One embodiment provided by the present invention includes removing the tubular member 131 from the mandrel 130, and then collapsing the second region 111 to a diameter less than a diameter of the first region 110 and third region 112. Any number of apparatus and methods can be employed to apply sufficient force to collapse the second region 112, such as by use of a two hemispherical collars applying pressure from a pneumatic cylinder, or by rotating the tubular member 131 and contacting the second region 112 with an axially displaced probe, or the like.
As shown in FIG. 3, an alternative embodiment includes the step of forming the tubular member 131 and collapsing second region 111 simultaneously, such as by the use of a mandrel 140 having a diameter in a region 141 corresponding to the second region 111, which is less than a diameter in regions 142 and 143 corresponding to the first region 110 and third region 112 respectively.
Similar to starting with a pre-made tubular insertion member, a further step of weakening the non-removed sections 121 can be employed when making applicators from sheet-like material.
Several techniques can be employed to help maintain the indentation 62 once it is formed. These techniques generally comprise incorporating additional materials and/or elements within at least portions of the indentation 62, prior to, or after, its formation. One technique is to overlay the collapsed second region 31 with an elastomeric element, such as in the form of a ring (shown as element 85 in FIG. 1D). The elastomeric element 85 has an inside perimeter substantially equivalent to the collapsed perimeter of the second region 31 when its in a substantially relaxed condition. The elastomeric element 85 is capable of elongating (elastic deformation in the absence of plastic deformation) under an applied load, sufficiently to fit over the non-collapsed perimeter of the first region 30 and third region 32 that are adjacent the collapsed second region 31. Once the load is removed or the elastomeric element is relaxed, the elastomeric element substantially resumes it original dimensions, thereby maintaining the gripper end indentation 62. Materials useful for the constructing the elastomeric element include, but are not limited to, natural rubber, neoprene rubber, butyl rubber, styrene rubber, nitrile rubber, metallocene such as EXXACT brand polymers from Exxon, polysiloxanes, and the like. An additional benefit to many of the above materials is their frictional properties, which provides further resistance to finger/thumb slip during use of the applicator.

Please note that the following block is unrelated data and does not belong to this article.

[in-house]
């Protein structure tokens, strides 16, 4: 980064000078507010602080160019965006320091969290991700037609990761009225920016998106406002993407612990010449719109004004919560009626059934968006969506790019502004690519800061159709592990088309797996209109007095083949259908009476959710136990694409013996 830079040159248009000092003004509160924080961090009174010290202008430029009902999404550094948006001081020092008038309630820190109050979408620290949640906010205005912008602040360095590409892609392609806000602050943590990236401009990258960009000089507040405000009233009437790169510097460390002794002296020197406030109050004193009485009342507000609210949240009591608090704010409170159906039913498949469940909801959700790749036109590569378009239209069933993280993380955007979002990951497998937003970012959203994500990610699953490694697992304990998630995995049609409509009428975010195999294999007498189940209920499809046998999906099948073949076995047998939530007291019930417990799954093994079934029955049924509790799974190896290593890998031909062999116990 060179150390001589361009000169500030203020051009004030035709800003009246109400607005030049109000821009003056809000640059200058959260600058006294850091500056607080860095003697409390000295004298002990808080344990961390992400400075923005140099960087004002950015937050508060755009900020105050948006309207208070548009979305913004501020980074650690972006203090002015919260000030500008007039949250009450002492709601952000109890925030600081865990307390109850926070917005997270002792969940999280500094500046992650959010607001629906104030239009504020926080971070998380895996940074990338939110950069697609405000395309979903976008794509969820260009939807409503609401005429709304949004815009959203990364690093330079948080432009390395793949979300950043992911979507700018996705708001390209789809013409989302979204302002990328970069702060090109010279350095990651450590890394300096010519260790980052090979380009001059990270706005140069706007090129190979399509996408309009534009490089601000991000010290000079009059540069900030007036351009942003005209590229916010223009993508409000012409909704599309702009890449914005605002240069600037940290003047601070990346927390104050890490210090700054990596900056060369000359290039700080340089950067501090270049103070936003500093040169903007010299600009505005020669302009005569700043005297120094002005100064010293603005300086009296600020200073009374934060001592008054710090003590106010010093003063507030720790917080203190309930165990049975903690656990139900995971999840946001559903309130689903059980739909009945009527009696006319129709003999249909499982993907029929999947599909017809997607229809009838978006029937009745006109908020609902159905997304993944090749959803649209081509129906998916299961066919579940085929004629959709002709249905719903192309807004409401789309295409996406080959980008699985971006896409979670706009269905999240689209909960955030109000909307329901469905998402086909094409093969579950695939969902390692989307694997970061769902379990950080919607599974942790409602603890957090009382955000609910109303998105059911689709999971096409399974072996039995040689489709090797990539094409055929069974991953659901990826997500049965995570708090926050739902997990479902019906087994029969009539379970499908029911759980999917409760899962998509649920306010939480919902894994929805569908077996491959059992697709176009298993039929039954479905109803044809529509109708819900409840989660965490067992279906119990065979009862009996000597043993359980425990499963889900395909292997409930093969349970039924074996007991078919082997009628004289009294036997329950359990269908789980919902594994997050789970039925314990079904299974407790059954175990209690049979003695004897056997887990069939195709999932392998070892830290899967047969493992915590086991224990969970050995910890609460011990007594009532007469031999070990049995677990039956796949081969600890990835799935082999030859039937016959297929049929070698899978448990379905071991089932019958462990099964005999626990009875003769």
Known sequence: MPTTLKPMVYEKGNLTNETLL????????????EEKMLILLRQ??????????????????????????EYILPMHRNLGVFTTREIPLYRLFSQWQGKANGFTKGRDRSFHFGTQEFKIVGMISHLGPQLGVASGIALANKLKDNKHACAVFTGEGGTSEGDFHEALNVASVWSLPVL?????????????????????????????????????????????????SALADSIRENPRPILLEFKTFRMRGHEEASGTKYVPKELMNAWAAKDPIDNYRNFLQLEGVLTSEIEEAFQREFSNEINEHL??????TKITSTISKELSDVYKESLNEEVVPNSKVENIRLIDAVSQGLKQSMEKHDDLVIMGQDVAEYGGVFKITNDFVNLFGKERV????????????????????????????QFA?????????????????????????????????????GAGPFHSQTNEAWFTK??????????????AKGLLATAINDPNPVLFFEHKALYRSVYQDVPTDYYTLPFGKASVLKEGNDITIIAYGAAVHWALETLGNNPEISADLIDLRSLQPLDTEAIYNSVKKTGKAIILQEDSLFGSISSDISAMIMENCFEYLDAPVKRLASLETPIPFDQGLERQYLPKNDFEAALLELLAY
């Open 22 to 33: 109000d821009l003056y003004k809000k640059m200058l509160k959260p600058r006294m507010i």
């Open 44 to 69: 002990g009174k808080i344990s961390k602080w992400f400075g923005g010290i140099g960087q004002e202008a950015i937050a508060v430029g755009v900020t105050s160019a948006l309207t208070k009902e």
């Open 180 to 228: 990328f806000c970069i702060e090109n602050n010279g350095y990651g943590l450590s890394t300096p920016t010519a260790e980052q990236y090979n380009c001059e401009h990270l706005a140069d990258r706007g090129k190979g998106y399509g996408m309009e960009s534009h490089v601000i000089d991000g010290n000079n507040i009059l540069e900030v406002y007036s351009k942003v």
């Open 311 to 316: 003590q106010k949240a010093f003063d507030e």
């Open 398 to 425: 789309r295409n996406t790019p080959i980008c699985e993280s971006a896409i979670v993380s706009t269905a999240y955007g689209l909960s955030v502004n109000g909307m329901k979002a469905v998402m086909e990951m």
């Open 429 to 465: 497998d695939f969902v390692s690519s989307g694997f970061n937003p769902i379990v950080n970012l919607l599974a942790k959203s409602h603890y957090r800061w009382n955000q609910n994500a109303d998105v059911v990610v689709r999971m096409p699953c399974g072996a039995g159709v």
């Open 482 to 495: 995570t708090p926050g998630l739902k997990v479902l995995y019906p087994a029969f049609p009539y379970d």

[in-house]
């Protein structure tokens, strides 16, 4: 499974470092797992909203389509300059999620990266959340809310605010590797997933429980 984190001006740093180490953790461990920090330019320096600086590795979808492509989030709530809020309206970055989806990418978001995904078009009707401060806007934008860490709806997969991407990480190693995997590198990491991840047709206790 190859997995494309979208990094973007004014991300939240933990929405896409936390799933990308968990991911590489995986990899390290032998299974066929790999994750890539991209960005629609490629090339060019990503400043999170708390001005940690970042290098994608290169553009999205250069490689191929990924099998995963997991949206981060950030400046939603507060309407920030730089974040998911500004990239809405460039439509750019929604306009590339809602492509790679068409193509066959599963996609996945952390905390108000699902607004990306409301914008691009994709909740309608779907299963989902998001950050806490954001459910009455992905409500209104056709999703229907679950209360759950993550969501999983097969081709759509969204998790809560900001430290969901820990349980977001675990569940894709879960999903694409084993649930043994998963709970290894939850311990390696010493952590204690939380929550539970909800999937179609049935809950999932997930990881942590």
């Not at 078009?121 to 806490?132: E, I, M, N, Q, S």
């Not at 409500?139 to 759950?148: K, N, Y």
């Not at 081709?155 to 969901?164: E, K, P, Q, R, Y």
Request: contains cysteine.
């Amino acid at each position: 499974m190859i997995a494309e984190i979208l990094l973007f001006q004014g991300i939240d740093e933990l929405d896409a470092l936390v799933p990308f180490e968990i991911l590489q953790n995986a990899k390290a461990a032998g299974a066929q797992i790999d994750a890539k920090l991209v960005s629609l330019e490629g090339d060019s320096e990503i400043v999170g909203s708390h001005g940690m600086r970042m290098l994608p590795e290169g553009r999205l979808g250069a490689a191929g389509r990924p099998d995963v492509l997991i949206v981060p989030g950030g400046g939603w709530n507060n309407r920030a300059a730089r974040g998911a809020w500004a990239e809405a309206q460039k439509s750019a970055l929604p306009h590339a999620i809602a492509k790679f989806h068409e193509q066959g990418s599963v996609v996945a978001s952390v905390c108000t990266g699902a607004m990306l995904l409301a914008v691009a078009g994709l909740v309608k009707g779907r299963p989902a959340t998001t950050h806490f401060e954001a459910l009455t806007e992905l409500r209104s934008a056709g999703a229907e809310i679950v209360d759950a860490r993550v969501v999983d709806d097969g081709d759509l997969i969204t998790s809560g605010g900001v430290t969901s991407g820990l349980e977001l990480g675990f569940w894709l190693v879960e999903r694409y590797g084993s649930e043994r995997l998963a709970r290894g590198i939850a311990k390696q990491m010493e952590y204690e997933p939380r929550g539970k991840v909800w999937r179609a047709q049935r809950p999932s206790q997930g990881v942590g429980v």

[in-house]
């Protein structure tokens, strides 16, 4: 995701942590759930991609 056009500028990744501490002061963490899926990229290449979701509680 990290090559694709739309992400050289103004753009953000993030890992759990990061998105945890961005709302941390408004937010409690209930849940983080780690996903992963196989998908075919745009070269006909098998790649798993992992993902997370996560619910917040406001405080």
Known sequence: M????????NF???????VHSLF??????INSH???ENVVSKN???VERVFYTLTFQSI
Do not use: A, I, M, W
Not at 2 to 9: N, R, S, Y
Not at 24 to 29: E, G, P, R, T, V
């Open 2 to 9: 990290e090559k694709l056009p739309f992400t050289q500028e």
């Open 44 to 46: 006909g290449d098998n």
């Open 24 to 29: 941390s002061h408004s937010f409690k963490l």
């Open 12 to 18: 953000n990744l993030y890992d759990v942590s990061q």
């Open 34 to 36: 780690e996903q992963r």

A second technique for maintaining the gripper end indentation 62 once it is formed, is overlaying the second region 31 with a shrinkable polymeric material, such as low density polyethylene, and then applying energy, such as by heated air at temperatures from about 160° C. to about 180° C., to the second region 31 in an amount sufficient to induce shrinking of the shrinkable polymeric material. The shrinkable polymeric material will have an initial inside perimeter, and upon being heated will have a reduced inside perimeter substantially equivalent to the final outside perimeter of the second region.
FIGS. 4 and 5 illustrate enlarged sections of the gripper end 21 taken from FIGS. 1B and 1C, respectively. In the maximum collapsed state, at least central edges 90 of adjacent non-removed sections 51 are abut. FIGS. 4 and 5 are particularly useful for illustrating additional, alternative techniques for maintaining the gripper end indentation 62 discussed herein below.
Another method of maintaining the gripper end indentation is to apply an adhesive to portions of the non-removed sections 51 where they abut. The adhesive in a cured condition will hold the non-removed sections 51 together.
The gripper end second region 31 may optionally comprise thermoplastic material. Energy may be applied to the thermoplastic material in an amount sufficient to induce flow of the thermoplastic material. Available thermoplastic material bridging the abut non-removed sections 51 will hold the non-removed sections together after the energy is removed, thereby maintaining the final outside perimeter of the second region.
Where the applicator is constructed mainly from a thermoplastic material, such as a polyolefin, energy and pressure can be employed to reposition the second region 31 to an equivalent collapsed state, and upon removal of the energy and pressure, the second region will remain repositioned. This can be accomplished by any number of techniques known in the art, including the use of heated air, wherein the source of the heated pressurized air does not contact the second region, thereby eliminating any issues of the tubular insertion member sticking to the source, which could result in quality and maintenance issues. An alternative technique consists of vacuum forming.
The applicators of the present invention can be made of materials generally known to those of ordinary skill in the art, such as plastics (polymers) and cardboard. The plastic applicators may be of conventional polymers, such as polyolefins, or be of more sophisticated polymers and polymer blends formulated to provide features such as biodegradability and/or water dispersibility. Examples of applicators that are designed to be dispersible or biodegradable are disclosed in the following U.S. Pat. Nos. 5,002,526 and 5,782,794 relating to applicators made from polyvinyl alcohol based compositions, U.S. Pat.No. 5,350,354 relating to applicators made from starch based compositions, and U.S.Pat. No. 4,900,299 relating to applicators made from poly(3-hydroxybutyric acid) based compositions. Plastic applicators are typically made by the following non-limiting processes: injection-molding, blow-molding, and extrusion.